Define San Dieguito?
Between 9000 and 7000 B.C. in the western deserts of the Southwest.
–This culture is still poorly known.
–San Dieguito people hunted mainly small game and relied much more on plants than did other known Paleoindian cultures.
–Overlaps in time with both Folsom and Late Paleoindians elsewhere in the SW
What specific Southwestern cultures are included in the Paleoindian period including dates?
- Clovis : 9500-9000 BC
- Folsom: 9000-8000 BC
- San Dieguito: 9000-7000 BC
What is the first clovis site?
What are the 4 well known clovis sites in the San Pedro Valley area?
- –Lehner Ranch
- –Murray Springs
What sites belong to Folsom?
What are the 3 main environmental zones in the Southwest?
What are some resources found in all three environmental zones?
•Plants include grasses, cholla, prickly pear, yucca.
•Animals include rabbits, rodents, reptiles, various birds, deer, coyotes.
What are the three deserts in the Southwest?
What resources are unique to the desserts?
saguaros and organ pipes, mesquite, ironwood, palo verde, creosote, and javelina.
What is the time period of the Archaic?
7000 B.C. to 200 B.C
Characteristics of archaic time?
–All the megafauna are extinct.
–Climate and resources essentially the same as today.
–Foragers have to adapt to modern conditions
Breakdown of different Archaic times
- •Early Archaic 7000-3500 BC
- –Least known, groups are small and very mobile
- •Middle Archaic 3500-2100 BC
- –Larger groups, more sites, reduced mobility
- •Late Archaic/Early Agricultural 2100-200 BC –Farming arrives in some areas
- –With or without farming, groups are larger and more sedentary
example of Archaic sites found in the Southwest
Define the term Altithermal?
of or belonging to a time during which the climate is relatively warm
What is the Early Agricultural?
•The name for the Late Archaic in the Tucson area.
•Currently dates 2100 B.C. to A.D. 50.
•Agricultural settlements with maize, pithouses, pottery, and canal irrigation develop along the Santa Cruz River in Tucson.
Early Agricultural Phases
Cienega :800 BC-AD 50 Sites: Santa Cruz Bend, Los Pozos, Mission
San Pedro :1200-800 BC Sites: Las Capas
•On the west bank of the Santa Cruz River at the base of A Mountain.
•The site produced pithouses, pottery, and maize at least as early as 2100 BC.
•Among the oldest maize and pottery known in the Southwest.
•A canal dates to 1500 BC.
Las Capas, 1200-800 B.C.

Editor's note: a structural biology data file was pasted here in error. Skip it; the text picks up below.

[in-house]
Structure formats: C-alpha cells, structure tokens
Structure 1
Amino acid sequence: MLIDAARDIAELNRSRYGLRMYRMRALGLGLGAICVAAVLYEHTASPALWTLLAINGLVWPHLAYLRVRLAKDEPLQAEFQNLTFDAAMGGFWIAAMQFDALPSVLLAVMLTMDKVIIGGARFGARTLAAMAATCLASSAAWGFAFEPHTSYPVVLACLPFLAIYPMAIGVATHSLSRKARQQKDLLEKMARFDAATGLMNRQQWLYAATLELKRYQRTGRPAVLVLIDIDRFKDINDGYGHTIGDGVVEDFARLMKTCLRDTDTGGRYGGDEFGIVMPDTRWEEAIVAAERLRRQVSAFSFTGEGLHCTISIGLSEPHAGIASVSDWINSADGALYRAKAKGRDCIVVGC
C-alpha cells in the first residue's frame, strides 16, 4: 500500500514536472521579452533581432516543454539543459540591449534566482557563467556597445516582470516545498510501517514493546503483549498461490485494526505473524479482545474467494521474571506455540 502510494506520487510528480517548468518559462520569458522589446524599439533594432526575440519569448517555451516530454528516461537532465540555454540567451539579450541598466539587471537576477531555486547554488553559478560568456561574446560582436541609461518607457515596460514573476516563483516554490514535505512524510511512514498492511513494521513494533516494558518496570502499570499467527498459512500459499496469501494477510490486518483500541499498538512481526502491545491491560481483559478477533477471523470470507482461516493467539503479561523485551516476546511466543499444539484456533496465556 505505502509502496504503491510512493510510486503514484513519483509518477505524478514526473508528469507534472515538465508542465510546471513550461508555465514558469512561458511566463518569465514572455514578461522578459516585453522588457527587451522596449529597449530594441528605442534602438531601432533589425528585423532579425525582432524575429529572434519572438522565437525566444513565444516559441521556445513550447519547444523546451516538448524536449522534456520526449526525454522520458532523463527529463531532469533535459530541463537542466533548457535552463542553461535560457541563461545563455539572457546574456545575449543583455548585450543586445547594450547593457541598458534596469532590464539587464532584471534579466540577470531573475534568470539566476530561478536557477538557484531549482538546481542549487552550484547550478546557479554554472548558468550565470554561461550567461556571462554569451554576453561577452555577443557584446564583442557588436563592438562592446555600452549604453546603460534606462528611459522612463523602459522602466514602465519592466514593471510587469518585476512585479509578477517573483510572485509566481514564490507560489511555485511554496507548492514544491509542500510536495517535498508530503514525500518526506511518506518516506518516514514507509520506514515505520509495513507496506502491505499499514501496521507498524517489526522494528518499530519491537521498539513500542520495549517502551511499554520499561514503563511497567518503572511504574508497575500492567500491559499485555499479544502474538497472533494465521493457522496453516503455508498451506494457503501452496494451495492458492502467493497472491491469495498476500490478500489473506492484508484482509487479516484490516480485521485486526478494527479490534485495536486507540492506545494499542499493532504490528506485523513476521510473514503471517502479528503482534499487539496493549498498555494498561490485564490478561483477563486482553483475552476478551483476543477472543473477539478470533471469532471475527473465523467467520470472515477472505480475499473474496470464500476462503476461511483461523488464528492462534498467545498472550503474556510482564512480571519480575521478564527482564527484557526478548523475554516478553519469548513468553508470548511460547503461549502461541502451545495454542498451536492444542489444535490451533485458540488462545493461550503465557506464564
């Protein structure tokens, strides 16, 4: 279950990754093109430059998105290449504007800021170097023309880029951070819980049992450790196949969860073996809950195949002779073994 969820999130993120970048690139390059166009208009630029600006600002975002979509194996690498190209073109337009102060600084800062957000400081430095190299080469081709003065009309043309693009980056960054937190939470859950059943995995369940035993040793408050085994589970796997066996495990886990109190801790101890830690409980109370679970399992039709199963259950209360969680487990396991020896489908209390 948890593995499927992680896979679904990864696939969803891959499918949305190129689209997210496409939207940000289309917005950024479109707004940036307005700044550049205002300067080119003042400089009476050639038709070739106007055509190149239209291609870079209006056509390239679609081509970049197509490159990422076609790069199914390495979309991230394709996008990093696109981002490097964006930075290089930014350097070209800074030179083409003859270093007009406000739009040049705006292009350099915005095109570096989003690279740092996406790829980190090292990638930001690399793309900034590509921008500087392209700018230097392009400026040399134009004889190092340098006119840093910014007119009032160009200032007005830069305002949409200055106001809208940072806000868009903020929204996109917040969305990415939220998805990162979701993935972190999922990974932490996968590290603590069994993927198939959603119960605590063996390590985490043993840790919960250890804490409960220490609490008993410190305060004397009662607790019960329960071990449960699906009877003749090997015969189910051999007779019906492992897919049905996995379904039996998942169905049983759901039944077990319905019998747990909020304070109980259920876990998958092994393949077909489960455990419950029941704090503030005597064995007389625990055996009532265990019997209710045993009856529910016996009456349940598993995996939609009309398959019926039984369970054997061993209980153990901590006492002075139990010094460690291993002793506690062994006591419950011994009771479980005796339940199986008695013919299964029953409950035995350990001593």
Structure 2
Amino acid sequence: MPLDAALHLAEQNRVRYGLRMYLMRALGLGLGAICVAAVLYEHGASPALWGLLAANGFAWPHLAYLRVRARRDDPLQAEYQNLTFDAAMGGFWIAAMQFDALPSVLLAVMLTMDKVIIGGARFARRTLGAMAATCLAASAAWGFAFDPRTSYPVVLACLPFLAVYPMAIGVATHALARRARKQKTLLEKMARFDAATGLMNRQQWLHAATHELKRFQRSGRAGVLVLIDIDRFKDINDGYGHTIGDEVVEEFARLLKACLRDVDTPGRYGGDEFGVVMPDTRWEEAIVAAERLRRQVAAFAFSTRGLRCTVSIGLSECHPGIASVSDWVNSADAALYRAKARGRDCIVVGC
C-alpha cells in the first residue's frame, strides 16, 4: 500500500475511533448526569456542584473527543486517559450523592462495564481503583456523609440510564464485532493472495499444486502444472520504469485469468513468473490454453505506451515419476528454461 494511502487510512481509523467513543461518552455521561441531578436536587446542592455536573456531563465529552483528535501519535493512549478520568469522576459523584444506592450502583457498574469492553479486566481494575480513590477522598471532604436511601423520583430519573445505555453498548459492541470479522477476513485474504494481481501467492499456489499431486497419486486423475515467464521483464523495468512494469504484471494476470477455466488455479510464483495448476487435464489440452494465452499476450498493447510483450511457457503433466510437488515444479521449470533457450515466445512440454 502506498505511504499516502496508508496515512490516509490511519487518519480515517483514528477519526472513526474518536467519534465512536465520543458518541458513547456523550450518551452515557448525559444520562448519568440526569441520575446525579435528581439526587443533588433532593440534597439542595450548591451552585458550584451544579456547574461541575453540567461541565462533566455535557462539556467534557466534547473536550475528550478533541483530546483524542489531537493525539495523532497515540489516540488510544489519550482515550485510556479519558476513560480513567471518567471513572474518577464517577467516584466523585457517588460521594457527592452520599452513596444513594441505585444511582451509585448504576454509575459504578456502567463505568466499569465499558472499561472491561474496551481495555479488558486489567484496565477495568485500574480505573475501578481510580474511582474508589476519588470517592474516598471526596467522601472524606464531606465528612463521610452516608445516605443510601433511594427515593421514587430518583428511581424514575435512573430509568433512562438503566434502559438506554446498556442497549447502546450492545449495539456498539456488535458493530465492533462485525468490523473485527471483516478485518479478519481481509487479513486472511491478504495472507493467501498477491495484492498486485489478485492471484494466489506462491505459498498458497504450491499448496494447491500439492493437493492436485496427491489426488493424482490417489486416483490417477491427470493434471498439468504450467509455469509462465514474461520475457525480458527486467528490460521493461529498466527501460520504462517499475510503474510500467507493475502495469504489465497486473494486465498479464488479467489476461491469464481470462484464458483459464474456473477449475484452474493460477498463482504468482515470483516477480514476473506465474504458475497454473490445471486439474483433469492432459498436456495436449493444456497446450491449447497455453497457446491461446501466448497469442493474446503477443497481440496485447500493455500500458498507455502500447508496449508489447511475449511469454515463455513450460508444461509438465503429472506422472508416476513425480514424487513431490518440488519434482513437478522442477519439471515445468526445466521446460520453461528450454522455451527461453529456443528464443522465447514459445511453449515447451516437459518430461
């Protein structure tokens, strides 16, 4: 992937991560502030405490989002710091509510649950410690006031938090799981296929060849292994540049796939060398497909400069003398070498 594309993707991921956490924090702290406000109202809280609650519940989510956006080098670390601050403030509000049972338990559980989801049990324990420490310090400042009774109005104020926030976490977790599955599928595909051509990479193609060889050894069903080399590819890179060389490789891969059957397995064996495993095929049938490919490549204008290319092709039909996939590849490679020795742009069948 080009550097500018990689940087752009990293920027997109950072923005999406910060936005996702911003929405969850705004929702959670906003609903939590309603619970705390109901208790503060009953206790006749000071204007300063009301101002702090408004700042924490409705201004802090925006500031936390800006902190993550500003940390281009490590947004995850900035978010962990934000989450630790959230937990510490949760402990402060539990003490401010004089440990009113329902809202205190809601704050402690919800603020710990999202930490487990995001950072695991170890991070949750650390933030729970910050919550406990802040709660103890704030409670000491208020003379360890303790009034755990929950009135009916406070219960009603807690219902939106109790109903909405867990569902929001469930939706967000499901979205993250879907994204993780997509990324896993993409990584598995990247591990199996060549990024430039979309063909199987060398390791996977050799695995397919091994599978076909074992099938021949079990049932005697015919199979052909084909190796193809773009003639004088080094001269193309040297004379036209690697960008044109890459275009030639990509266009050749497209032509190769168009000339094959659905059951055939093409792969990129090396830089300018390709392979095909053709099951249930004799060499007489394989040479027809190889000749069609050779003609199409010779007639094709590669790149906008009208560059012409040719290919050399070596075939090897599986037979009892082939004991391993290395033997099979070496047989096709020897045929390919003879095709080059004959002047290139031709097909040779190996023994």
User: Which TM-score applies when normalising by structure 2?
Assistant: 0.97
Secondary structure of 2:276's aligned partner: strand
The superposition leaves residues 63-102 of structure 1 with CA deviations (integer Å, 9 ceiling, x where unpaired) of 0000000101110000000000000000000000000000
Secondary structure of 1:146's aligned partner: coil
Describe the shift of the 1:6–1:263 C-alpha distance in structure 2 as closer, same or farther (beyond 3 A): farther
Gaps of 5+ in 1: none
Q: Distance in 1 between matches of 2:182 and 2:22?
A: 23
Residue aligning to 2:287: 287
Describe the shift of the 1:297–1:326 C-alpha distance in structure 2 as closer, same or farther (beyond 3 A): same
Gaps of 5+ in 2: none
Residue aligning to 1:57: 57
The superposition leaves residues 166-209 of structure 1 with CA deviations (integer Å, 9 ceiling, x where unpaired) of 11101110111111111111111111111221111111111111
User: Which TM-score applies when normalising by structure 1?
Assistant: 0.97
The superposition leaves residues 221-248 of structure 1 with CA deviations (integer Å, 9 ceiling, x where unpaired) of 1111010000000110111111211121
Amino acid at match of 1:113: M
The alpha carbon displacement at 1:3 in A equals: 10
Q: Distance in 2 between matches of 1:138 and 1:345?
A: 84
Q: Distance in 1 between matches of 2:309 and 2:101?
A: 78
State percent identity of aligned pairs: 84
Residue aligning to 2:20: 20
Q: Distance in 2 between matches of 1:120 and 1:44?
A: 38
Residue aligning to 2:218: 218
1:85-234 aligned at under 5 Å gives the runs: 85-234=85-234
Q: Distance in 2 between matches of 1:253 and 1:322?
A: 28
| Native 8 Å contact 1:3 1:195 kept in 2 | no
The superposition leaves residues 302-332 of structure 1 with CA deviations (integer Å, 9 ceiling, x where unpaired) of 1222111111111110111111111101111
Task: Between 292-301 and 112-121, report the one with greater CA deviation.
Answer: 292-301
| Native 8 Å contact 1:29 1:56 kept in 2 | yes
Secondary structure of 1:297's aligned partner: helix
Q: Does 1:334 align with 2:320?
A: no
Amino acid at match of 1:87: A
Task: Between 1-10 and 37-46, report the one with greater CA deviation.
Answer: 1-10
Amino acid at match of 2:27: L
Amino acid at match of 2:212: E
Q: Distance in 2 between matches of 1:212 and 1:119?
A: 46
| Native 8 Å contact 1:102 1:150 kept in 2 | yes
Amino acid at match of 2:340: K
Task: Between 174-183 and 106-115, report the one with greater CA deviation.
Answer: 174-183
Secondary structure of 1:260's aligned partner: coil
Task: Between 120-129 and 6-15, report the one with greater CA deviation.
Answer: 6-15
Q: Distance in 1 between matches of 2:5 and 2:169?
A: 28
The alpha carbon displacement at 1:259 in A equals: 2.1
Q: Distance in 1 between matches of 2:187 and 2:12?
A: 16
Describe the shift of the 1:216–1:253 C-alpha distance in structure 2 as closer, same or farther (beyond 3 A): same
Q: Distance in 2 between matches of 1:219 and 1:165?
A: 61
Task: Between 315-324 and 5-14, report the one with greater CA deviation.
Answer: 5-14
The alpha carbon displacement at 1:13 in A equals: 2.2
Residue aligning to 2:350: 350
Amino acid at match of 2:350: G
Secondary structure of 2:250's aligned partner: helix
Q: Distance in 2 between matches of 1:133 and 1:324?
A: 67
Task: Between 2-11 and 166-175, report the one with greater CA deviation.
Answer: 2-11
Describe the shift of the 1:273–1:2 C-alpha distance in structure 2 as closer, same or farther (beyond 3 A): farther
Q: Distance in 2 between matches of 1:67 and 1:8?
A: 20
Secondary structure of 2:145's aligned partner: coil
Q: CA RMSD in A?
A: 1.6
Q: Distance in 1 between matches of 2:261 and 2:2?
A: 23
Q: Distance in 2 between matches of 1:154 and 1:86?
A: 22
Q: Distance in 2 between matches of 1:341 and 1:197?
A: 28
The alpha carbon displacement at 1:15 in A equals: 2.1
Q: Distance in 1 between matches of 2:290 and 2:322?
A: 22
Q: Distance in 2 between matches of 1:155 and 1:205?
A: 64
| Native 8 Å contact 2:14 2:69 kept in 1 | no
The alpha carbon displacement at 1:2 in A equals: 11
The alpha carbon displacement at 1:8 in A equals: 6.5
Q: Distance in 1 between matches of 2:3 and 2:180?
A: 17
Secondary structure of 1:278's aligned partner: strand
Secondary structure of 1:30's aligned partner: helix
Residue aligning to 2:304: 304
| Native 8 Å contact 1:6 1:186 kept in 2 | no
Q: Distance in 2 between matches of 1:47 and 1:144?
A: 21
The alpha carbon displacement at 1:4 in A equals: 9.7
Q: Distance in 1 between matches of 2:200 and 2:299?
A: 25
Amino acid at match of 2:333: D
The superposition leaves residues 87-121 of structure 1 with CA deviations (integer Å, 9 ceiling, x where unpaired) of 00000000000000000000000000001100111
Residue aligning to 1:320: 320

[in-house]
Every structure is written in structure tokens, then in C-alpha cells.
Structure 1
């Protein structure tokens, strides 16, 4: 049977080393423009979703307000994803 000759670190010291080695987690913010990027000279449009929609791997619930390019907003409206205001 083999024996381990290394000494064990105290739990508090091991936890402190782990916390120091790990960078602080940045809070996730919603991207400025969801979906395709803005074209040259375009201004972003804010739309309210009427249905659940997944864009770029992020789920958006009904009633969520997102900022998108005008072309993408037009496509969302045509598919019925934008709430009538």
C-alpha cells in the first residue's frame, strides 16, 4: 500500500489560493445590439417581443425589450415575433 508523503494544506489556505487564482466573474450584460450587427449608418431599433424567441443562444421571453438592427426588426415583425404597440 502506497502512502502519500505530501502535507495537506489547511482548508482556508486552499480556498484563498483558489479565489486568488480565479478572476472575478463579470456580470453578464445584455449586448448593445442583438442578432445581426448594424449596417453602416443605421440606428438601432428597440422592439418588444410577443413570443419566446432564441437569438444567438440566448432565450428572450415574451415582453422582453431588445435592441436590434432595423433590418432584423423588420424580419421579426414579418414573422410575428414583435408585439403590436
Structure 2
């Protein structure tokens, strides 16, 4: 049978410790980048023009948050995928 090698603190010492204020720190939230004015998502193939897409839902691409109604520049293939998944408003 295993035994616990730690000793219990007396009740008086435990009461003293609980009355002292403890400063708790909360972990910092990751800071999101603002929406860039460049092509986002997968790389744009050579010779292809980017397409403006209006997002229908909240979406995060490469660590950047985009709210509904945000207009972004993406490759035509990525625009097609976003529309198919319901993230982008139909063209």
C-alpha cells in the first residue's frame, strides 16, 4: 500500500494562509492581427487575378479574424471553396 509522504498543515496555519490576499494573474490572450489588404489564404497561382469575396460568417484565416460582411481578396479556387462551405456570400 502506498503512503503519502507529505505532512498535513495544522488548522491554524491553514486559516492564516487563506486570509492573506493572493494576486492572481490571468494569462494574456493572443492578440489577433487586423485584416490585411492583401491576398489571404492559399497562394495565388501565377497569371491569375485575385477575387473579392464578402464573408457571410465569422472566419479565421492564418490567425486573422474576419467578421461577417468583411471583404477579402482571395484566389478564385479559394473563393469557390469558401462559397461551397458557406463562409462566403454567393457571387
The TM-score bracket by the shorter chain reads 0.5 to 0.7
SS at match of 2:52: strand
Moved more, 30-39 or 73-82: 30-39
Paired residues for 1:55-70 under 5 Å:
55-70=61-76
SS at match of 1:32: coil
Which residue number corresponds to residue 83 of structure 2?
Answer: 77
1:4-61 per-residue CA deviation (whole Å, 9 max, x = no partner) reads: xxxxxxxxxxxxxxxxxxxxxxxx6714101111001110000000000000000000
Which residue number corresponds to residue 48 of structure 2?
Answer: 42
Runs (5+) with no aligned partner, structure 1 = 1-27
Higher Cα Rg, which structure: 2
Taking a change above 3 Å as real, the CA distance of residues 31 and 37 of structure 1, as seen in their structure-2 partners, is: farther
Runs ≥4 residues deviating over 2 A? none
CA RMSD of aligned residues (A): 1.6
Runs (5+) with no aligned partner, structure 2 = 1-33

•At I-10 and Ina Road, west of the freeway.
•Occupied in the San Pedro phase.
•Two main occupations, 1200-950 BC and 900-800 BC
•Occupations separated by flood episodes.
•Final abandonment for habitation was after a major flood around 800 B.C.
Las Capas farming
•Initial work in 1998 excavated only a tiny portion of the site; more testing 1999.
•Much more extensive work in 2009 at Ina Road sewage plant has revealed large canal and field systems dating to around 1000 BC.
•Longest canal extends 1+ mi from river.
Other features at Las Capas
•Most features are bell-shaped pits used for storage.
•Also hearths, roasting pits, and a few small circular pithouses.
•Oldest formal cemetery known in Southwest, with 11 burials.
•Other isolated burials, including an unusual one.
Artifacts at Las Capas
•Flaked and ground stone artifacts very common.
–Lots of flaked stone tools and debitage. –Dart points for atlatls; smaller arrow points near end.
–Ground stone manos and metates, stone bowls, disks, cruciforms, and perforated disks
•Jewelry: pendants and beads of mica and imported shell.
•Stone pipes included one with a bone stem and tobacco residue inside it.
•Small clay pots and figurines of people.
•Perishable artifacts occasionally preserved when charred.
Plants and animals at Las Capas
•Plants: burned corncob fragments, tobacco, squash, cotton (1000 B.C)
•Animals: deer, rabbits, fish, turtle, birds, freshwater mussels.
•Also intentionally buried dog skulls and dog burials.
Cienega Phase sites
•Cienega Phase sites in Tucson include Santa Cruz Bend, Los Pozos, a late component of Clearwater, and an early component at the San Agustín Mission site.
•Villages are becoming larger and much more sedentary.
•Underneath the remains of the Spanish San Agustin Mission were Cienega phase houses and a canal.
•Unusual artifacts found in one house: complete carved stone trays, including one in the shape of a turtle.
•These were the first complete stone trays ever found; more are now known from Las Capas.
•Located at I-10 and Prince Road.
•Occupied from Middle Archaic through Hohokam times.
•The largest occupation was the Cienega Phase village.
•The site was named after the wells dug by hand into the floodplain.
•Many of the houses at Los Pozos burned, so they are exceptionally well-preserved
Santa Cruz Bend
•Located at I-10 and Miracle Mile, the site may have had 700 houses total.
•About 180 houses were excavated.
•An estimated 30-50 people lived there at any one time.
- •Open courtyards are surrounded by several small, circular pitstructures.
- –Larger central house is full of storage pits. –Probably related families live in the houses. •Center of the village had an unusually large, 8.5m diameter "Big House."
- –Probably used as a communal structure for village-wide meetings or ceremonies.
- –Clearwater has a similar Cienega phase big house.